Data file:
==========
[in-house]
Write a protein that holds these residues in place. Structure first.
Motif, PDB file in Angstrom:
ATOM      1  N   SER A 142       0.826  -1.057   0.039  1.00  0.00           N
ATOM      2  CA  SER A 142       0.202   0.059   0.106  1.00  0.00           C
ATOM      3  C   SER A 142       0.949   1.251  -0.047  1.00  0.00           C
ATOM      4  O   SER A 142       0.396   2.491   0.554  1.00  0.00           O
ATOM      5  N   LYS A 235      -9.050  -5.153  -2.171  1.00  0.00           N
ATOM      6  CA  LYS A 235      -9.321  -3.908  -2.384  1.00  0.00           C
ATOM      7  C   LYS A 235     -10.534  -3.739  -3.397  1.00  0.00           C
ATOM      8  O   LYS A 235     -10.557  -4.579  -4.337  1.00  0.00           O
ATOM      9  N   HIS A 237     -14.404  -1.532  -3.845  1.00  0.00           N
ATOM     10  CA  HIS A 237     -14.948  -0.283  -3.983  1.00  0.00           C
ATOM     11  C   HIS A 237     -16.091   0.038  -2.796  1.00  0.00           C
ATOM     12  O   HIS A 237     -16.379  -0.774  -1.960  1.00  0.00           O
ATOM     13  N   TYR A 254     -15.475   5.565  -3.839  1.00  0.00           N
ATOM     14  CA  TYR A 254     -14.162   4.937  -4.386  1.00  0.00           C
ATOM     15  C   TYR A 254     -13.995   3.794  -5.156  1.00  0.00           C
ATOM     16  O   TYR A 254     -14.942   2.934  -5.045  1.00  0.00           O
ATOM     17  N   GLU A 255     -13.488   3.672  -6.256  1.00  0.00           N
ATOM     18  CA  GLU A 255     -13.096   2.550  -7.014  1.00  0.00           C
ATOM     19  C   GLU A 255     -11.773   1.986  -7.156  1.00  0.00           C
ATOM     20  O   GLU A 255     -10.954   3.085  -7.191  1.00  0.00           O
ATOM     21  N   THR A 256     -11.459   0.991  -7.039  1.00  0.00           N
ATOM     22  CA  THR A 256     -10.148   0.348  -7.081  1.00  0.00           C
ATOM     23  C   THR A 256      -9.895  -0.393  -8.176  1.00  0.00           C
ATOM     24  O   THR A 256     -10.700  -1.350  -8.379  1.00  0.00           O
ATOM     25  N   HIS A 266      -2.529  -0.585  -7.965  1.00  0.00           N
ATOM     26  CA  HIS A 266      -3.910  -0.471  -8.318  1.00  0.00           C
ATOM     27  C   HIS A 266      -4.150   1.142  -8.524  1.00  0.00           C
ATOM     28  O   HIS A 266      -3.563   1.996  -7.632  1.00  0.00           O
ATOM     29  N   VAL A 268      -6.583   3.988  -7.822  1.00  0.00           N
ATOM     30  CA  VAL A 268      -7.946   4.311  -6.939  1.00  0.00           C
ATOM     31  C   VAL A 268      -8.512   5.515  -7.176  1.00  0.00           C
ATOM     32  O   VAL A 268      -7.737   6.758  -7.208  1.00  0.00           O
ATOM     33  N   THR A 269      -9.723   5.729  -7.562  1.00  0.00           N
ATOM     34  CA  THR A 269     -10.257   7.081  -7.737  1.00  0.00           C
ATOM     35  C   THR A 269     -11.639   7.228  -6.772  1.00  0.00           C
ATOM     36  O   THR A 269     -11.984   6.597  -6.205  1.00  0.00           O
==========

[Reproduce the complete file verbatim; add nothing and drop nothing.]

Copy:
[in-house]
Write a protein that holds these residues in place. Structure first.
Motif, PDB file in Angstrom:
ATOM      1  N   SER A 142       0.826  -1.057   0.039  1.00  0.00           N
ATOM      2  CA  SER A 142       0.202   0.059   0.106  1.00  0.00           C
ATOM      3  C   SER A 142       0.949   1.251  -0.047  1.00  0.00           C
ATOM      4  O   SER A 142       0.396   2.491   0.554  1.00  0.00           O
ATOM      5  N   LYS A 235      -9.050  -5.153  -2.171  1.00  0.00           N
ATOM      6  CA  LYS A 235      -9.321  -3.908  -2.384  1.00  0.00           C
ATOM      7  C   LYS A 235     -10.534  -3.739  -3.397  1.00  0.00           C
ATOM      8  O   LYS A 235     -10.557  -4.579  -4.337  1.00  0.00           O
ATOM      9  N   HIS A 237     -14.404  -1.532  -3.845  1.00  0.00           N
ATOM     10  CA  HIS A 237     -14.948  -0.283  -3.983  1.00  0.00           C
ATOM     11  C   HIS A 237     -16.091   0.038  -2.796  1.00  0.00           C
ATOM     12  O   HIS A 237     -16.379  -0.774  -1.960  1.00  0.00           O
ATOM     13  N   TYR A 254     -15.475   5.565  -3.839  1.00  0.00           N
ATOM     14  CA  TYR A 254     -14.162   4.937  -4.386  1.00  0.00           C
ATOM     15  C   TYR A 254     -13.995   3.794  -5.156  1.00  0.00           C
ATOM     16  O   TYR A 254     -14.942   2.934  -5.045  1.00  0.00           O
ATOM     17  N   GLU A 255     -13.488   3.672  -6.256  1.00  0.00           N
ATOM     18  CA  GLU A 255     -13.096   2.550  -7.014  1.00  0.00           C
ATOM     19  C   GLU A 255     -11.773   1.986  -7.156  1.00  0.00           C
ATOM     20  O   GLU A 255     -10.954   3.085  -7.191  1.00  0.00           O
ATOM     21  N   THR A 256     -11.459   0.991  -7.039  1.00  0.00           N
ATOM     22  CA  THR A 256     -10.148   0.348  -7.081  1.00  0.00           C
ATOM     23  C   THR A 256      -9.895  -0.393  -8.176  1.00  0.00           C
ATOM     24  O   THR A 256     -10.700  -1.350  -8.379  1.00  0.00           O
ATOM     25  N   HIS A 266      -2.529  -0.585  -7.965  1.00  0.00           N
ATOM     26  CA  HIS A 266      -3.910  -0.471  -8.318  1.00  0.00           C
ATOM     27  C   HIS A 266      -4.150   1.142  -8.524  1.00  0.00           C
ATOM     28  O   HIS A 266      -3.563   1.996  -7.632  1.00  0.00           O
ATOM     29  N   VAL A 268      -6.583   3.988  -7.822  1.00  0.00           N
ATOM     30  CA  VAL A 268      -7.946   4.311  -6.939  1.00  0.00           C
ATOM     31  C   VAL A 268      -8.512   5.515  -7.176  1.00  0.00           C
ATOM     32  O   VAL A 268      -7.737   6.758  -7.208  1.00  0.00           O
ATOM     33  N   THR A 269      -9.723   5.729  -7.562  1.00  0.00           N
ATOM     34  CA  THR A 269     -10.257   7.081  -7.737  1.00  0.00           C
ATOM     35  C   THR A 269     -11.639   7.228  -6.772  1.00  0.00           C
ATOM     36  O   THR A 269     -11.984   6.597  -6.205  1.00  0.00           O